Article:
Breasts, though most often sexualized, are designed to feed babies. That is their purpose. Yet, when women nurse and must pump because they are away from their hungry little ones, many are made to feel as if they are doing something . . . unnatural. We are relegated to smelly and unsanitary restrooms, forced to hide in closets, and told to “wait for a more appropriate time.”
Miki Agrawal, the founder of Thinx reusable period panties, recently sparked a controversial conversation about all of this when she pumped and shared her breast milk at Burning Man.
“I pumped my breasts every three hours at Burning Man and gave away most of my milk,” she wrote in the caption of her Instagram photo. “Some people downed a whole four ounces hoping for a hangover cure. Some wanted it for their coffee to make lattes. So many were excited and curious to try it.”
Curiosity over breast milk and its taste, in and of itself, is not a rare thing. In fact, I know a lot of people who have been interested in seeing what it tastes like. What Miki did find surprising was that a lot of people there weren’t sure why she had to pump every three hours.
“They didn’t know that breasts would become engorged and super painful if they were not pumped — nature’s way of keeping mama and baby working together,” she wrote. “Every human has been birthed and raised somehow and yet even the smartest people have no idea what this process looks like.”
One could easily argue that the reasons behind this are due to the almost taboo nature of breastfeeding. Rather than asking questions or asking us to talk about, most people who have an issue with breastfeeding will simply glare or make a snide comment. A few brave folks may ask a mother to “relocate” to feed or pump for her baby. Some of these folks are truly appalled. Others have never experienced it, so it makes them uncomfortable, and discomfort causes them to act in ways that are in-line with societal views (which are not typically conducive to nursing).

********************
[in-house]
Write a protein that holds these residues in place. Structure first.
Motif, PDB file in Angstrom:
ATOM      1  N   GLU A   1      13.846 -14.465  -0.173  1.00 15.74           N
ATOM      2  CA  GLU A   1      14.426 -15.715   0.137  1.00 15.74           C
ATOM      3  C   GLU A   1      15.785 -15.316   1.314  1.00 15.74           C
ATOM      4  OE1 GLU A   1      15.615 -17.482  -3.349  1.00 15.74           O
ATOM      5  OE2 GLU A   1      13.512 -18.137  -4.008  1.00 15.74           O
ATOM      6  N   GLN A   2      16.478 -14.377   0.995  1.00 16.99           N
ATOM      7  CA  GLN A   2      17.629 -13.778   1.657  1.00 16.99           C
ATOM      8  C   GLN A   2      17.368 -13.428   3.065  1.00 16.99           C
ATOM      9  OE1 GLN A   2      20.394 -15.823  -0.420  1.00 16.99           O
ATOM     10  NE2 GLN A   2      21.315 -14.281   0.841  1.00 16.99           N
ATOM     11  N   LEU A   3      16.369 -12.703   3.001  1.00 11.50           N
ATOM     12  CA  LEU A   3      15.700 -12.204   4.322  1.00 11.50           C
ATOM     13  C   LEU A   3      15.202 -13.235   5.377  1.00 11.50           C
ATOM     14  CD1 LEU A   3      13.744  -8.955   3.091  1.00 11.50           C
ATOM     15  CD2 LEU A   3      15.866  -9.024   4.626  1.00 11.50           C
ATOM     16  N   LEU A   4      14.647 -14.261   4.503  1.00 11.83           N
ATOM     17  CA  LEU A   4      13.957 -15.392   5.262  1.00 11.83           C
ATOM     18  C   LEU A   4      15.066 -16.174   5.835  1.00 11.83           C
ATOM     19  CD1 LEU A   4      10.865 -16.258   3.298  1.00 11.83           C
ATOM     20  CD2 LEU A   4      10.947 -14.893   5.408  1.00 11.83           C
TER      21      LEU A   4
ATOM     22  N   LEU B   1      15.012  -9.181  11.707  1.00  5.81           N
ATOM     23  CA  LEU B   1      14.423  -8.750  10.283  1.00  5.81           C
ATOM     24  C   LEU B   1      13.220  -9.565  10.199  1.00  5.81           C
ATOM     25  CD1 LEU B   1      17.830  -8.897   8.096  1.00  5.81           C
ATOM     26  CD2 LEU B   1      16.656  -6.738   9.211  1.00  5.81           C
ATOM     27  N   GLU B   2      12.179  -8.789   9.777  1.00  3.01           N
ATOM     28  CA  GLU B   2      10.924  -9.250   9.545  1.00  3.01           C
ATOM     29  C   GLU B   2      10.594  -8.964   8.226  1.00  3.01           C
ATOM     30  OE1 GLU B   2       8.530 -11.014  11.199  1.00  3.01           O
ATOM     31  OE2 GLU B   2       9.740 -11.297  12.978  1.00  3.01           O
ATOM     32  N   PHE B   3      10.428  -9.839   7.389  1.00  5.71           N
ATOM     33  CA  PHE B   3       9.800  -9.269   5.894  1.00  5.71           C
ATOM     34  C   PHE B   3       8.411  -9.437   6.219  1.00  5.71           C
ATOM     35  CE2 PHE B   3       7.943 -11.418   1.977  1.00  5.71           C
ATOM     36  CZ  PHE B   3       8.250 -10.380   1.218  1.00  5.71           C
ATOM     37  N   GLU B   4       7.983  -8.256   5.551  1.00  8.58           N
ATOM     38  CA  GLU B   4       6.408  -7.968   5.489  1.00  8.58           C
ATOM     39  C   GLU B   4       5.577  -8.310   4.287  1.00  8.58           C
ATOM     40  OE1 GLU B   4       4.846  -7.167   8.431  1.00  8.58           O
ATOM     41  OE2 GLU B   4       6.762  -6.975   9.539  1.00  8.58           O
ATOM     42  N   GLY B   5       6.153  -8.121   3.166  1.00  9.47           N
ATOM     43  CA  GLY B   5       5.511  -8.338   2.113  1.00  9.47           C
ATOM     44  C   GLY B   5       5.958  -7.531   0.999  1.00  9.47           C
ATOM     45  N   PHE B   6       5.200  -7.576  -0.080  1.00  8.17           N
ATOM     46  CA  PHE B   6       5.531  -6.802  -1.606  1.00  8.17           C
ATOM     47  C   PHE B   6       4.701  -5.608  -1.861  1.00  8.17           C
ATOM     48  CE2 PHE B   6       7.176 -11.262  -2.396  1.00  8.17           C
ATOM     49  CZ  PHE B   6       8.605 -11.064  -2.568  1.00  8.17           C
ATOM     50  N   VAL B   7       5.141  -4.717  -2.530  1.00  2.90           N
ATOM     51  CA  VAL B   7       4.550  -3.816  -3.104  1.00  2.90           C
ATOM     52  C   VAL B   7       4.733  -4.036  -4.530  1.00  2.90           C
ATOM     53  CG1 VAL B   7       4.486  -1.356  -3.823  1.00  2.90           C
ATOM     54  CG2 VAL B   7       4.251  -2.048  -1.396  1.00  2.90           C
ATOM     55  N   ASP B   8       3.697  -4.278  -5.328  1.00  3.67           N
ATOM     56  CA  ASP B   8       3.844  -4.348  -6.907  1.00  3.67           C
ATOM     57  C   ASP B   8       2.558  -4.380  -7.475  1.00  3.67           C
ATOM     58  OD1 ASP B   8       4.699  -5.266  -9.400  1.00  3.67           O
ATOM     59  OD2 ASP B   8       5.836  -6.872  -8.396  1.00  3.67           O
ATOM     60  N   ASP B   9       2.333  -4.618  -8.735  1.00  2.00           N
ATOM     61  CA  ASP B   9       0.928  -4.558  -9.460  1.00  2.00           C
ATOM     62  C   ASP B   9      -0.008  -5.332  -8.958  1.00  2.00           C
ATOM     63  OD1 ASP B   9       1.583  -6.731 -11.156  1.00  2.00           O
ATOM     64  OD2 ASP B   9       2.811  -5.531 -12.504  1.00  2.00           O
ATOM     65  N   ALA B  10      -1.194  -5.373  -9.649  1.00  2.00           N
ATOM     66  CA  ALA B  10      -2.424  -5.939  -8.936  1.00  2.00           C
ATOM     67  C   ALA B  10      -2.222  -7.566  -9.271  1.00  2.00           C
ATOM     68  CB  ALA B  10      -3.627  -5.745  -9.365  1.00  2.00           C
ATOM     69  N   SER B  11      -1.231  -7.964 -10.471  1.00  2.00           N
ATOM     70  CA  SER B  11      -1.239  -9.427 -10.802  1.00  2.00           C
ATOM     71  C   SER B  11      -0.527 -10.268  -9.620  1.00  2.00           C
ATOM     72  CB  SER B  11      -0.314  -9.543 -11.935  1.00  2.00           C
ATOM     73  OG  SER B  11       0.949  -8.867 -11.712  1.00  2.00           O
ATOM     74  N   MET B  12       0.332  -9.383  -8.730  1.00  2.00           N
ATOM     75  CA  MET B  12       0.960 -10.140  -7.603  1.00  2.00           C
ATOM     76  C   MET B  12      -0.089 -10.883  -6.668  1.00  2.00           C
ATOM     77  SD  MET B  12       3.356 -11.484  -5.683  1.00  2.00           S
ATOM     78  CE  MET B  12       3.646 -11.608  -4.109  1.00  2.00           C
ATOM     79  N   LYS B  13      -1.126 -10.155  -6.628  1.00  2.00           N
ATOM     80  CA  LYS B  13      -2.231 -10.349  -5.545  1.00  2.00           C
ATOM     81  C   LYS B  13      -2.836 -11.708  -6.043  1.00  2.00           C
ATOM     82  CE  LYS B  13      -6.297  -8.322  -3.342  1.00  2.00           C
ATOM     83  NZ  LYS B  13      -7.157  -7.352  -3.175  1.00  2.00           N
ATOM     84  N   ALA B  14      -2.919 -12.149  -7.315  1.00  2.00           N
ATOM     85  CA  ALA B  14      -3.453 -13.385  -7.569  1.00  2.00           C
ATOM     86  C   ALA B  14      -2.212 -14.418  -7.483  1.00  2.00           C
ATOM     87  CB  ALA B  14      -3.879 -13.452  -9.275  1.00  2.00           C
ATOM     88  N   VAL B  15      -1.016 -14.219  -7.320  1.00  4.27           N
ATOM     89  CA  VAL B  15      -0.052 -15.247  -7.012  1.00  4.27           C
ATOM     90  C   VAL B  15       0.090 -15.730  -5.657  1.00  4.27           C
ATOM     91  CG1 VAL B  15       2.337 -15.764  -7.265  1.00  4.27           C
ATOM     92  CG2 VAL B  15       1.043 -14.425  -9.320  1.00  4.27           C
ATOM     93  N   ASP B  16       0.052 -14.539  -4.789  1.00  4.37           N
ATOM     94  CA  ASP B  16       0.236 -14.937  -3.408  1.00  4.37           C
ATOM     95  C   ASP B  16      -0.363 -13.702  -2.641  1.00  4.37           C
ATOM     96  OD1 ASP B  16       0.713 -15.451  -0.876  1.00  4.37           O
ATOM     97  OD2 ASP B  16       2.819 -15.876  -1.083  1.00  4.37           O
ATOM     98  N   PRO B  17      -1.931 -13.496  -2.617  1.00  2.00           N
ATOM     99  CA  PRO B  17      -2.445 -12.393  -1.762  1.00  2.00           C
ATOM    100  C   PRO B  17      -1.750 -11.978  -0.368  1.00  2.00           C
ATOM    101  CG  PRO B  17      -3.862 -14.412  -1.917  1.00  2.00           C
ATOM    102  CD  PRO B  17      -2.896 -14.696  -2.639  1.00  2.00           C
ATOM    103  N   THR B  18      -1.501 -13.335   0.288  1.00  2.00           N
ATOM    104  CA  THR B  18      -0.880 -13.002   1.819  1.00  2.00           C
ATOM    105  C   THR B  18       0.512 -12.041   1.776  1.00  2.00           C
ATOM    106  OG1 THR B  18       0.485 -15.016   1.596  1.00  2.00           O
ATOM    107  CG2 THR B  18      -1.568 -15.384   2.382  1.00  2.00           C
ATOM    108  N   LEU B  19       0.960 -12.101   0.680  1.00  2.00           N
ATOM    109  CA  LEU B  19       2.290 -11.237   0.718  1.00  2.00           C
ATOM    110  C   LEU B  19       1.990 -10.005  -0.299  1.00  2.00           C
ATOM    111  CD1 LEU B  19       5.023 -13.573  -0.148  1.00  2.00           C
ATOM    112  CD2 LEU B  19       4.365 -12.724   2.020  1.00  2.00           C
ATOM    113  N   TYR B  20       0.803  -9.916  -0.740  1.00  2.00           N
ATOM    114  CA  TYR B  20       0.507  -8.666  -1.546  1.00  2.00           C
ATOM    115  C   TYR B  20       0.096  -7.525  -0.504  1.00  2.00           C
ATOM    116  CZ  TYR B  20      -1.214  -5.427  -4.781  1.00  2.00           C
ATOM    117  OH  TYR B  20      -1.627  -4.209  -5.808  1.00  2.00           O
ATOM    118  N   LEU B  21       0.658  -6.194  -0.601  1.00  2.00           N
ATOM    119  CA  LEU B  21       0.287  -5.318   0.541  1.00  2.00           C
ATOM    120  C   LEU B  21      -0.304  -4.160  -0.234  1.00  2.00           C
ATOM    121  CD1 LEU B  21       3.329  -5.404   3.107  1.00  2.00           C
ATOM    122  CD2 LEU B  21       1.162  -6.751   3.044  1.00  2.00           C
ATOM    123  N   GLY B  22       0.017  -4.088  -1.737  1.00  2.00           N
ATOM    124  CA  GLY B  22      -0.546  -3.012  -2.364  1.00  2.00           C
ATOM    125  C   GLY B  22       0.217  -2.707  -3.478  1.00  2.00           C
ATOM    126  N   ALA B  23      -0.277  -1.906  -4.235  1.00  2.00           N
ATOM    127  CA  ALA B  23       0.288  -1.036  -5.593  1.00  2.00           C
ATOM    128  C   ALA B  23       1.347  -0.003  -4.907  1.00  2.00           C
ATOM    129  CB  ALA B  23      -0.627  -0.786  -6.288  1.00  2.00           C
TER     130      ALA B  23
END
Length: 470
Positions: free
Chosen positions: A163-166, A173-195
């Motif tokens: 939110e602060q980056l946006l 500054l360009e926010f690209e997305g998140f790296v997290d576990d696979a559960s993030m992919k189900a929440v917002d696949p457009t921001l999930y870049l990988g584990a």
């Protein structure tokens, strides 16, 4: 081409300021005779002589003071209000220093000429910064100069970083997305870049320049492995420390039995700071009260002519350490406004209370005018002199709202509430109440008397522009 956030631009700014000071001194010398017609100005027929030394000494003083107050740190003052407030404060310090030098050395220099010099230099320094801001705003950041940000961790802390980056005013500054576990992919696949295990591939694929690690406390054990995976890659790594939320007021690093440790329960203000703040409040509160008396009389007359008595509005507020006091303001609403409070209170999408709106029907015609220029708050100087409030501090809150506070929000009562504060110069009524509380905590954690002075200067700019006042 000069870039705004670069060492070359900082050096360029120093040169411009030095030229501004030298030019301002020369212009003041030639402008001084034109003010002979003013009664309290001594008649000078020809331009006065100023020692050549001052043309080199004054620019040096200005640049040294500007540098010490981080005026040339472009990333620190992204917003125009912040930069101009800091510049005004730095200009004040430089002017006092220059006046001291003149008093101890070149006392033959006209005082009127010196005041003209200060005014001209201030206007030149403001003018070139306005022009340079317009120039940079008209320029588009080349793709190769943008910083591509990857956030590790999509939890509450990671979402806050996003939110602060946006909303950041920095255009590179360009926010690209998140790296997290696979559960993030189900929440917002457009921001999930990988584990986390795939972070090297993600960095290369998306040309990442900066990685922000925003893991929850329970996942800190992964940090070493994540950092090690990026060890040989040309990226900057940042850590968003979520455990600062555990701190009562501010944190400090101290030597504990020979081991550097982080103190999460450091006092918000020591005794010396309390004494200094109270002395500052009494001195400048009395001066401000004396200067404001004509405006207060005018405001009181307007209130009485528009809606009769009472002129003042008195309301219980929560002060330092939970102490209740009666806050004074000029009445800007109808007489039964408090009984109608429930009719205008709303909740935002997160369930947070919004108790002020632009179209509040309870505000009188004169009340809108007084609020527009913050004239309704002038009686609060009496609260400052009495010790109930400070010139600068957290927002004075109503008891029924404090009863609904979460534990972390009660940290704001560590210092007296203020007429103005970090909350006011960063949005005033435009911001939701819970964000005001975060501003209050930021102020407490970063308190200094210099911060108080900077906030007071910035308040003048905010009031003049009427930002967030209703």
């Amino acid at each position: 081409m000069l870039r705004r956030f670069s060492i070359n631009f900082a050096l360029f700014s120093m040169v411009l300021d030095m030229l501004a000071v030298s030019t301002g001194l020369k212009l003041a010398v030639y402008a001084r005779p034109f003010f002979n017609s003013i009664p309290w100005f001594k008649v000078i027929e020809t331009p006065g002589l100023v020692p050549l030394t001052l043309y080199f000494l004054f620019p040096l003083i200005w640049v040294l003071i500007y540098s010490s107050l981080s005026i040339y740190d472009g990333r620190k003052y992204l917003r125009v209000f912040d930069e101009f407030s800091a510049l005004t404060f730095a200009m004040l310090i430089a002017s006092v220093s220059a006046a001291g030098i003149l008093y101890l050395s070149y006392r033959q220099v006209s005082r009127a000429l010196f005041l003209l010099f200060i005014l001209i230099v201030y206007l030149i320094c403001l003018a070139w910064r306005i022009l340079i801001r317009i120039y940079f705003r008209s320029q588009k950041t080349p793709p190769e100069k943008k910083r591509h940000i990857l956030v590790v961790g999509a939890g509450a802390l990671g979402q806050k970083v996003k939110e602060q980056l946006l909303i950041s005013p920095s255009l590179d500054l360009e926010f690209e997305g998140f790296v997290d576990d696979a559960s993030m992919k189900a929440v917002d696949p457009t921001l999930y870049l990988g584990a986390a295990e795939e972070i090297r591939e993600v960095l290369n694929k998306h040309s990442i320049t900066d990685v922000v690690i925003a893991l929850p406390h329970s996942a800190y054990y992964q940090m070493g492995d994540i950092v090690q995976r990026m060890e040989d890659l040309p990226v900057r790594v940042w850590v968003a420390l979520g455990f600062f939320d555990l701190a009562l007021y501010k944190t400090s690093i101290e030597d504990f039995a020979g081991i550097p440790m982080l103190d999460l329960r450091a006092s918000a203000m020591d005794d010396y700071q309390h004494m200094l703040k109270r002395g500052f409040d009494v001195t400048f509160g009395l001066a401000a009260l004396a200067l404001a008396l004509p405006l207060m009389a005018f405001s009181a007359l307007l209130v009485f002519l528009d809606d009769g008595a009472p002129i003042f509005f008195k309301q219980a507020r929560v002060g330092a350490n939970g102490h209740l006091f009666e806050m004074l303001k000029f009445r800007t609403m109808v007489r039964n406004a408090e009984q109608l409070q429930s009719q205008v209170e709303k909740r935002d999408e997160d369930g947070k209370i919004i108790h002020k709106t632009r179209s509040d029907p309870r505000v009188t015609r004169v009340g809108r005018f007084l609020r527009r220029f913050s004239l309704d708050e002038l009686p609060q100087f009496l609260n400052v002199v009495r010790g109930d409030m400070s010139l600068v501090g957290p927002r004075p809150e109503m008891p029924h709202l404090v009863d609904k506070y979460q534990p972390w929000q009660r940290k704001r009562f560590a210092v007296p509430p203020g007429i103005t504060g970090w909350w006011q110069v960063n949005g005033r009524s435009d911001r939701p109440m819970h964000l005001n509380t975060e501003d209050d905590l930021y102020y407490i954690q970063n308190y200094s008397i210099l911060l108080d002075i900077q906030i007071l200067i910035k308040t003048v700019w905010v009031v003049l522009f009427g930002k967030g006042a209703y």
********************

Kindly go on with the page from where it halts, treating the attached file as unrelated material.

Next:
It is exactly this issue that Miki’s breast milk sharing brings to light.
“First of all, we still live in a patriarchal system where breasts are over-sexualized and made to be for the ‘male gaze only . . . So it makes sense to ‘our current society’ to sequester women in back room closets to pump quietly — because heaven forbid our breasts be useful tools to keep our children alive. That’s not sexy, is it?’ Agrawal told Babble. “Second of all, and one of my girlfriends said it best: ‘It’s so funny to me how people have no problem (through indoctrination and marketing) drinking milk from a cow breast that has been obtained in an inhumane, filthy manner, with rampant udder infections, drugs, steroids, and fecal matter — yet, balk over drinking human milk from a clean, healthy source … indoctrination is powerful!’”
Yet, as a mother that has had children spanning over 12 years, I will admit that I’ve noticed a significant shift between nursing my first and nursing my last baby. Changes have occurred. And not everyone subscribes to the societal norms. There are mothers who have been there, and kids that grew up watching their mothers nurse. Many will step in and stand up for what is right.
So, to all you nursing moms out there – no matter how you see the sharing of breast milk (one would hope that someone with a serious health condition would not share, but let’s face it – a stranger’s breast milk could contain all matter of bacteria and viruses) I ask that you take away just one thing from this interesting but controversial topic; in the words of Miki:
“Don’t feel shame. Pump with pride.”